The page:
Virtual Judaism of the Mishnah (Jacob Neusner & Gilles Deleuze)

neusnerdeleuzeneusner

Reading Neusner’s classic Judaism: The Evidence of the Mishnah at long last and past midcareer. I am unsure if earlier I would have ever appreciated the book enough or at all or I would have been able to conceive the idea that Mishnah is virtual Judaism. What Neunser finds in Mishnah is a philosophical system cut off from and suspended over actual reality, a picture of society suspended over history, and in the cultic imaginary of the holiness code, the intensification of heighted life.

Neusner calls Mishnah a “grand design of life for the house of Israel,” including civil space and holy time.  The use of the term “design” suggests what the theorists of religion following JZ Smith would call “map,” “not territory” (p.42). But what kind of house? Is the design a practical blueprint? Neusner asserts unequivocally that this is not a house in which anyone ever lived or in which anyone could ever have lived (p.xvii). This means more than the historical fact that the Judaism of the Mishnah was rejected back in the day by the vast majority of Jews during their failed wars of liberation from Roman empire (pp.xviii, 24).

More to the point is how the Mishnah reflects not the actual world of quotidian life and historical change, but rather a picture of stasis and the values of stasis. In the Mishnah is confronted “a work of absolute fantasy: a non-existent Tempe, fully laid out, building, protocol, procedures; a society stretched out from the walls of the Temple, with its space and regulation of time, it mode of establishing families and  dissolving them, its economic life, all proportioned in relationship to that imagined Temple and its imaginary cult” (p.47). As repetition, the Mishnah’s design models the ongoing events of uneventful events in the life of the village and cult. Its affirmation of ordinary society, state, commerce, and cult out of joint with contemporary reality, the reality evoked by the Mishnah is entirely made-up and mapped out in the imagination. Its design constitutes a “leap back to what was not” (p171).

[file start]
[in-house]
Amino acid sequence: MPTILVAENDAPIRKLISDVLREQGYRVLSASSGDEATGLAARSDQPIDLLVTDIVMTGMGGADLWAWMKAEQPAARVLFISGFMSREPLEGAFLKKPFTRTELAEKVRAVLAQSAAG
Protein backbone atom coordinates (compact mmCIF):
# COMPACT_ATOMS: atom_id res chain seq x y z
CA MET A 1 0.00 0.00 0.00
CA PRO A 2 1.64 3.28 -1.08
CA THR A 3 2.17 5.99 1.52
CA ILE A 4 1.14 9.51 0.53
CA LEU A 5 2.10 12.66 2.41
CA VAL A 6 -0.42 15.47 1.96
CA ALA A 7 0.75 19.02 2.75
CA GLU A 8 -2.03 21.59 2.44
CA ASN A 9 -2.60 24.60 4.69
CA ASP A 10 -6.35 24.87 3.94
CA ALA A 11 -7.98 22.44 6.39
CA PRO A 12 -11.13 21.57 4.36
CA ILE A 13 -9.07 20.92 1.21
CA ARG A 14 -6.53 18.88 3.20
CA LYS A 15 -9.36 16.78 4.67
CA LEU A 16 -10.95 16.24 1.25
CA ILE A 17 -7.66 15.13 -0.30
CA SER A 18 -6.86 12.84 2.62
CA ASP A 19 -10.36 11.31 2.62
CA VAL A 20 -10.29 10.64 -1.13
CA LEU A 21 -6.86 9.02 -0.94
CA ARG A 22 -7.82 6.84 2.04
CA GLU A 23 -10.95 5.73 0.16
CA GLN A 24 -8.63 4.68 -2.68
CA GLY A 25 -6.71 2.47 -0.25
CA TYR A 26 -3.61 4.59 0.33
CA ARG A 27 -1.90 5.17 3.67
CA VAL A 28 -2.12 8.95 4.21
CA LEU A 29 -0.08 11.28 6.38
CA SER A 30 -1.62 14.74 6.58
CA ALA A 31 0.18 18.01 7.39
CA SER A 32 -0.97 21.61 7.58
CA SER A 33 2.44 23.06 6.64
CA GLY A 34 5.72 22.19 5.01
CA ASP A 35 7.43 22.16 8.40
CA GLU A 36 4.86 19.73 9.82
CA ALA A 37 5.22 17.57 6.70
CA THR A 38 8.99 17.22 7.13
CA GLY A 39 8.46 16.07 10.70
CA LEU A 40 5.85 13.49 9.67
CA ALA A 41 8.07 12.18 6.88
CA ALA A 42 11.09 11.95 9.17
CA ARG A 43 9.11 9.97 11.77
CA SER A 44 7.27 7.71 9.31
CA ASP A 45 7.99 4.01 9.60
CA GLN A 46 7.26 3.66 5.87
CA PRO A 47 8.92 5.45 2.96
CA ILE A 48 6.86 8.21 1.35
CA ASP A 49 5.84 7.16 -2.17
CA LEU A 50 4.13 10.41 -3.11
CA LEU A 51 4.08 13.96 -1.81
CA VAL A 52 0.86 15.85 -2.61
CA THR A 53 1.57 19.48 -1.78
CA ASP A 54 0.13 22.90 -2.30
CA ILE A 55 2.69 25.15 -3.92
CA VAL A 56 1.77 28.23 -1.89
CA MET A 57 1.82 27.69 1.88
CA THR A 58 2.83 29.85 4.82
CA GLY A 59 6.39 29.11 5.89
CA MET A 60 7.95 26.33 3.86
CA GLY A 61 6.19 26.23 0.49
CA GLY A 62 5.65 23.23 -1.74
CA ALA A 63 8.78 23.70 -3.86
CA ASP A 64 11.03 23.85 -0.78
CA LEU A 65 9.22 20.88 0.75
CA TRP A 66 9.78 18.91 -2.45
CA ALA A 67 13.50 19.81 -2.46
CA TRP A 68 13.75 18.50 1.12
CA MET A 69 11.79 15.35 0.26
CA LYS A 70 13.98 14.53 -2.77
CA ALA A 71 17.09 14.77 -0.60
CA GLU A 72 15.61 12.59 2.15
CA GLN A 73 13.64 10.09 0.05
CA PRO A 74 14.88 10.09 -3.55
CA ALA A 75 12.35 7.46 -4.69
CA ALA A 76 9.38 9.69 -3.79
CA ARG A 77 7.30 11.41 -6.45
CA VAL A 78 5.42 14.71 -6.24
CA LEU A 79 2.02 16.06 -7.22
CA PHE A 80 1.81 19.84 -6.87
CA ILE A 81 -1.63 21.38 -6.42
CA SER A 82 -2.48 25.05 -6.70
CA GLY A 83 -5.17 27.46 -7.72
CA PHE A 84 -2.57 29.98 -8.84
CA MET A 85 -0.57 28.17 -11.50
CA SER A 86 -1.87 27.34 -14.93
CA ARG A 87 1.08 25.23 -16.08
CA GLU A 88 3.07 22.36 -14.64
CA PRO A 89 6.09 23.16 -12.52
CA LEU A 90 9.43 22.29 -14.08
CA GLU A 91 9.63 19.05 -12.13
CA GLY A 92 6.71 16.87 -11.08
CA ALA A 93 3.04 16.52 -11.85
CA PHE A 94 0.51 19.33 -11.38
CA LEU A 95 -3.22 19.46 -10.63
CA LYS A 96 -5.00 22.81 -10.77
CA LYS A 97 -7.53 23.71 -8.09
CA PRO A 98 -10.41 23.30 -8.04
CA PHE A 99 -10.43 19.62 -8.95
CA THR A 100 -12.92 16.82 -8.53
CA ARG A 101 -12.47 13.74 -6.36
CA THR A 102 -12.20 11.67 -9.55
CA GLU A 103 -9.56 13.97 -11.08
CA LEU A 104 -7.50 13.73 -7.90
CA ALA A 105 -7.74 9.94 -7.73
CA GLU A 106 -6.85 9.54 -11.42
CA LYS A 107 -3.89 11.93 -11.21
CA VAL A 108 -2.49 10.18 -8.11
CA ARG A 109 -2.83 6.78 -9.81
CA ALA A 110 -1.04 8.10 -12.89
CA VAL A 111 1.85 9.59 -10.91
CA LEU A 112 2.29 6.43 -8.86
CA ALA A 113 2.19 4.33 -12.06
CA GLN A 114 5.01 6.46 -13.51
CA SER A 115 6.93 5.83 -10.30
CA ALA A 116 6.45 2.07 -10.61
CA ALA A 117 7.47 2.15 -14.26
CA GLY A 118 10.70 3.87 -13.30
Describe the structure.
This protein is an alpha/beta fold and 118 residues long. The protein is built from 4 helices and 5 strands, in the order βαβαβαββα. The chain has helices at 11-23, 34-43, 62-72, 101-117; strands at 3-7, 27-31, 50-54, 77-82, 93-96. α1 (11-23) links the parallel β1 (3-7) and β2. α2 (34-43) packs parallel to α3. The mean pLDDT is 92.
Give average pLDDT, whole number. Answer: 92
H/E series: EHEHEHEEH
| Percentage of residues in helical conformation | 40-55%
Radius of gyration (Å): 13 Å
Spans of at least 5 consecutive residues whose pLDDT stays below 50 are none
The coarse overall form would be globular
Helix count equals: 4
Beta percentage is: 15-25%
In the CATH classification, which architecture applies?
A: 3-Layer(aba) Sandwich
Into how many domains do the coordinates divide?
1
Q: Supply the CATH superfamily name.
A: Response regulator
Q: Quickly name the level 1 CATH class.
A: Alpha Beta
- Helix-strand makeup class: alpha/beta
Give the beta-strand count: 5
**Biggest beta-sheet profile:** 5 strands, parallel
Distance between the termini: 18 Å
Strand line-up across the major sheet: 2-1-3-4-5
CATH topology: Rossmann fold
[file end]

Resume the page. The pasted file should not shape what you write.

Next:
In Neusner’s presentation, the Judaism of the Mishnah is more like philosophy than law. “Before us lie the beginnings of work which in its late day phased in exquisitely trivial terms some of those old, perennial issues of philosophy contemplated by Aristotle and later considered by the Stoics, issues of potentiality and actuality, the physics of mixtures, and other odd and, from a practical viewpoint, empty questions, the answers to which…interested only those who asked the questions” (p.47).

What Neusner calls the gift of the scribes to the Mishnah is the organization of knowledge and possibilities into patterns that generate “abstract perception.” Beneath the surface of the rule perceived in Mishnah are unstated principles and unsounded patterns, a mode of thought attuned to that reality which lies beneath the surface, but which we would add to Neusner’s evocation, revealed only at the surface (pp.241-5). What matters more than the said is the saying in a world without subjects, a universal grammar as imagined reality, distinct statements related to a whole imposed by mind (pp.234, 246, 247). There are, as per Neusner, no actors, authors, or audience in the theater of the Mishnah (234), which has been made to resemble a wax museum, tableau, diorama at rest in perfect stasis (235). As philosophy, Mishnah is a system of synthesis, fusion, connection, division, the disintegration of things vis-à-vis each other and the connection of acts and things (pp.234, 235, 261, 265). Out of this chaotic world reduced to constructions of pure potentiality, the Mishnah creates bounds about and pathways through confusion.